Oklahoma. Although the SCOOP and STACK plays appeared to have significant potential, the region’s inconsistent geology has produced unpredictable results, reducing ROI. Another disappointment has been poor output from secondary, or “child wells” that produce less oil than the original. Devon has reduced activity in the area and downsized its spending in the region. Based on these facts, it’s no surprise that Oklahoma’s drilling will be down 50%, compared to 2019, with half-on-half activity down 50% too.
Louisiana. In the state’s northern portion, operators developing Haynesville shale gas will drill 30% fewer wells in 2020 (313), then they did in 2019 (446), with total footage down approximately 32%. With natural gas prices gaining in the second quarter, the decrease in activity could subside, similar to the Haynesville play in Texas RRC District 6. In the mature, shallow oil plays of southern Louisiana, activity is slowing, with footage forecast to decrease 34%, and well spuds dropping 40%, y-o-y.
North Dakota. Transportation issues associated with the oil-rich Bakken play’s remote location continue to plague the region, Fig. 4. Additionally, the cost of drilling 11,000-ft laterals is also a suppressing factor, with some wells reaching an MTD of 21,000 ft. Considering these factors, along with data from state officials and World Oil operator surveys, we forecast that drilling and footage will both decline 45%, y-o-y, in the Peace Garden State.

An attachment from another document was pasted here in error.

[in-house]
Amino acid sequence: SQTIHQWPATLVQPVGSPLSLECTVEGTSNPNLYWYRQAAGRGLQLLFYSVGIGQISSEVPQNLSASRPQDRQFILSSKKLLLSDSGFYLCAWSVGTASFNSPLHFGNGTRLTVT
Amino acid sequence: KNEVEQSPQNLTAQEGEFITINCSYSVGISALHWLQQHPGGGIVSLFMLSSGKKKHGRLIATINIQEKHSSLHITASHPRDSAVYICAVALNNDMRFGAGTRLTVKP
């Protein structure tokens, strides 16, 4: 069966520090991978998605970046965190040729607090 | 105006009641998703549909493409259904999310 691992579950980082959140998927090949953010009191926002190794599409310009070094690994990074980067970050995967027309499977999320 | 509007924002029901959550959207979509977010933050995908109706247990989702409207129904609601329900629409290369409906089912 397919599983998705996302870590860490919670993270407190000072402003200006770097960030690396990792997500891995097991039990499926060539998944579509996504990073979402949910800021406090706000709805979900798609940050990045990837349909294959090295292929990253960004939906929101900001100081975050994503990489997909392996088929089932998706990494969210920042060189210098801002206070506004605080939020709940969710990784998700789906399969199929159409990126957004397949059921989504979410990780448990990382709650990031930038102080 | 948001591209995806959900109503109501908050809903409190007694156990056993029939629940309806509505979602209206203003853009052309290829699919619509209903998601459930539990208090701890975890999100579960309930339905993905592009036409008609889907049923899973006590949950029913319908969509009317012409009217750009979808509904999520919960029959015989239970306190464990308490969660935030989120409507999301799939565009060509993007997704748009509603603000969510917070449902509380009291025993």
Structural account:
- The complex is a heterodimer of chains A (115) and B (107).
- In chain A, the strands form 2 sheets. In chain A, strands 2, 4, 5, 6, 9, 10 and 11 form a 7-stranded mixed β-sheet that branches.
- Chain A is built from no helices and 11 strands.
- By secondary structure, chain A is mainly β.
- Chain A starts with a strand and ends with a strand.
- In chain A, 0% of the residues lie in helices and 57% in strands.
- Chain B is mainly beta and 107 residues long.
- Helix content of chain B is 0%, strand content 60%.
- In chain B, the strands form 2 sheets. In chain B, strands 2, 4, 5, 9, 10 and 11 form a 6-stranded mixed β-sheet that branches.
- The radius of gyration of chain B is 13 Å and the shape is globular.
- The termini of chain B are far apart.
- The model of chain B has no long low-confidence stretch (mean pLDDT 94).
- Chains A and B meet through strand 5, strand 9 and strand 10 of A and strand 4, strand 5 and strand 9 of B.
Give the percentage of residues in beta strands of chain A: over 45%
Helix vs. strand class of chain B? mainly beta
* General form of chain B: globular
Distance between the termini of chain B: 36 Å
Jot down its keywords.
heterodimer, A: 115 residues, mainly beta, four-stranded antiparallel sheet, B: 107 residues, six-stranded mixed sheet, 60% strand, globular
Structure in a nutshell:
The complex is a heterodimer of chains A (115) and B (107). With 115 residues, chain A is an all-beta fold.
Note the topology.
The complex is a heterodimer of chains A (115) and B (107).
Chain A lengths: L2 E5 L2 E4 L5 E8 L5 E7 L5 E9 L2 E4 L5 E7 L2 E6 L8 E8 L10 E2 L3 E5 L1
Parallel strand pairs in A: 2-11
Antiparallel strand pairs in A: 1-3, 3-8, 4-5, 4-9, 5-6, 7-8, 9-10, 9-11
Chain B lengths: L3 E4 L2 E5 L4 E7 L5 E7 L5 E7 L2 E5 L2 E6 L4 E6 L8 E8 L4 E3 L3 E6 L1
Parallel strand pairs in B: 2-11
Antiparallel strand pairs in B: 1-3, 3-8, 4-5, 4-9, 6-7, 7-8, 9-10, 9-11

Continental Resources announced it would curtail 70% of its Bakken oil production in May, with continued reductions of 50% into July. In June, total production averaged 150,000 boed and is expected to average 200,000 boed during second-half 2020. CEO Bill Berry said, “we elected to defer production to preserve shareholder value over volume, to maximize economics of barrels we produce. However, if oil prices rise, we will continue restoring production in subsequent months.”
Northeast (Pa./W.V./Ohio). In the Northeast, Marcellus activity is waning, similar to other U.S. shale plays, Fig. 5. But improving natural gas prices and LNG exports from Dominion Energy’s massive Cove Point facility could help mitigate losses in the region, eventually. However, according to survey results, operators tapping the high-quality reservoir in Pennsylvania will reduce the number of wells drilled this year by 43% to just 544, compared to 953 drilled in 2019. Total footage for 2020 is forecast to drop 41%.
In West Virginia, World Oil forecasts a 48% decrease in drilling, with a 57% drop in total footage, suggesting operators will drill shorter laterals in 2020. Operators working the shale fields of Appalachia added 146 DUCs in July on a y-o-y basis, a 35% increase. In Ohio, operators working the Utica play are struggling too, with this year’s total well count expected to finish 34% lower than last year’s level. Footage is forecast to drop 31%.